tire pressure loss

I have a 1992 Accord ex that is loosing pressure in one of the tires. I fill the tire to 28psi the next day I'm down to 24psi, next day 22psi this continues until about 18psi and then the pressure loss seems to
stop.The tire has been removed and the mechanic says it's ok. I have noticed there is a lot of corrosion around the rim of the wheel next to the tire. Could this be the cause of the problem? If so, what should I do?
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rfarrar wrote:

BINGO! The corrosion buildup on your rims is likely the cause. I've run into the same problem on several vehicles - all with alloy wheels.
The cure is to have the tire dealer remove the tire, remove the corrosion with a wire brush or power wire cup brush, remount the tire with a goodly amount of bead lube, rebalance and give it a couple years until you have to repeat the cycle.
It's not universal, I'm told but prevalent enough with the alloy wheels that the dealers know exactly what to do.
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I've read in the newpaper's mechanic column that you need to reseal the aluminum with a clear lacquer;that most aluminum castings are porous and will leak air if unsealed. It also prevents the return of the white corrosion.
Using nitrogen for the fill will further slow leakage. I've read where more shops are now offering this.One I saw offers free refills.
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Jim Yanik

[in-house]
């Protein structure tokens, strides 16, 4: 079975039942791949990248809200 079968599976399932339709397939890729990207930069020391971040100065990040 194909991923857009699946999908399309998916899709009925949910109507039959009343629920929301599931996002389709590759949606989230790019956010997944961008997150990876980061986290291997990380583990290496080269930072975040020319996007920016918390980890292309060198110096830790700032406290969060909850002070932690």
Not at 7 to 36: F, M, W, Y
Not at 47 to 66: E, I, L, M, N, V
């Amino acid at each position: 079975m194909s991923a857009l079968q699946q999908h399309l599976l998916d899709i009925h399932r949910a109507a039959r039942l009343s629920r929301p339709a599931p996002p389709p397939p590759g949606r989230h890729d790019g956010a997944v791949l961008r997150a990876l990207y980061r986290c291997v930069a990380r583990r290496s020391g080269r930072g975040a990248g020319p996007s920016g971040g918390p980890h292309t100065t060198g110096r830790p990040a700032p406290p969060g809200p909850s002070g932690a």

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Jim Yanik wrote:

Heard that about the porosity of cast wheels as well.

Any mention of why the nitrogen is used? Does it slow the leakage (hard to figure that) or more that it slows the formation of corrosion?
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http://www.automotivedigest.com/view_art.asp?articlesID 827
Significant Points 1. Proper inflation is key to improving fuel economy up to 3% whatever used to fill 2. Nationwide fewer than 10% of tire dealers offer nitrogen but number growing 3. Finding way into mainstream at growing number of tire dealers including Costco 4. Most dealers charge $2-$5/tire for initial nitrogen fill-up, generally offer free lifetime refills 5. Improved pressure maintenance important for sensitive automatic monitoring systems
Background 1. Nitrogen molecules bigger than oxygen molecules so seeps out more slowly 2. Nitrogen resists heat buildup better than air which contains moisture 3. Nitrogen reduces oxidation that can damage tire from inside out 4. Nitrogen is inert gas so no safety or environmental issues
From http://www.mfgdist.com/aircel-n2cel.htm ; Nitrogen maintains tire pressure better.
Oxygen in air is a tire killer. Compressed air contains 78% nitrogen and 21% oxygen. Oxygen in compressed air is very aggressive and reacts chemically with rubber causing it to lose its elasticity and strength. Oxygen first consumes the tire liner, then ravages the insulating rubber as it permeates through the entire casing. This deterioration is accelerated due to the pressure difference between tire pressure and atmospheric pressure. In testing, tires inflated with nitrogen lost only 2 psi in a six-month period, whereas tires filled with compressed air lost six times as much in the same period. Since nitrogen maintains tire pressure much longer and will not react with rubber as oxygen does, tire failure is cut dramatically. With more consistent tire pressure and improved tire durability, handling for those larger loads is better, too, making your drivers safer drivers.
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Jim Yanik
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rfarrar wrote:

Then the mechanic is a fool. A tire which is loosing that much air will certainly show itself in a bubbling water test if said mechanic knows what they are doing.
Find someone competent.
John
PS Yes, rim corrosion can cause air leaks at the bead and at the valve stem.
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